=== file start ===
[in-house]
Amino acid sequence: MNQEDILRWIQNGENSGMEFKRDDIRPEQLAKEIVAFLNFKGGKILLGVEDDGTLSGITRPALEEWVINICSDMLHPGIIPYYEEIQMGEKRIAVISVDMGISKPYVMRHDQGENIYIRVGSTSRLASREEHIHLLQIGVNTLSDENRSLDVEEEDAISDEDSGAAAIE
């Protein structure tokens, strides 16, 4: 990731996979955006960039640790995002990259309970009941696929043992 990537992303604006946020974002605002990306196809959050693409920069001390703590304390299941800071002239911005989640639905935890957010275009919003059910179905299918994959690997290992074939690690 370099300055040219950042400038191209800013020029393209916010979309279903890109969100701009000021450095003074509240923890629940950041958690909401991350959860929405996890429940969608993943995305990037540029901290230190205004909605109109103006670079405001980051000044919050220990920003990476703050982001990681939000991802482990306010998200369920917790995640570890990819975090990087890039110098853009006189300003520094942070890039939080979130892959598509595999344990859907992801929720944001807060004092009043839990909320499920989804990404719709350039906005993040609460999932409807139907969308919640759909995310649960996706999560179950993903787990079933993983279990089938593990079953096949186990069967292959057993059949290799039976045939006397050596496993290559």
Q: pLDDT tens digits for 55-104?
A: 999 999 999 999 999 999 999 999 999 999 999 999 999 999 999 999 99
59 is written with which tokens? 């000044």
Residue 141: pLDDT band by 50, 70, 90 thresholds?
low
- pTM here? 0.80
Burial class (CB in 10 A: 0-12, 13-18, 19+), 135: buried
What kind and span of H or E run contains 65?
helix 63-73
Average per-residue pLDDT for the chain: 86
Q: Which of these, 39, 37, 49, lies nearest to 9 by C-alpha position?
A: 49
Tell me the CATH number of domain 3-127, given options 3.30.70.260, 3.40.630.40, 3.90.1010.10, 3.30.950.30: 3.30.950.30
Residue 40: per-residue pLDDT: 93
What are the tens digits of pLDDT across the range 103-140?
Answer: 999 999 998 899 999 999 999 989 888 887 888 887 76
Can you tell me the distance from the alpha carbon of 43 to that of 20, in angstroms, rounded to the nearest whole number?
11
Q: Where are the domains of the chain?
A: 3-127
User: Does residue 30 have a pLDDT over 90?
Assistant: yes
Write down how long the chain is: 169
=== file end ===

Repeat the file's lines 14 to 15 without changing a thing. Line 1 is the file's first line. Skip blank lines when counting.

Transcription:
Q: Which of these, 39, 37, 49, lies nearest to 9 by C-alpha position?
A: 49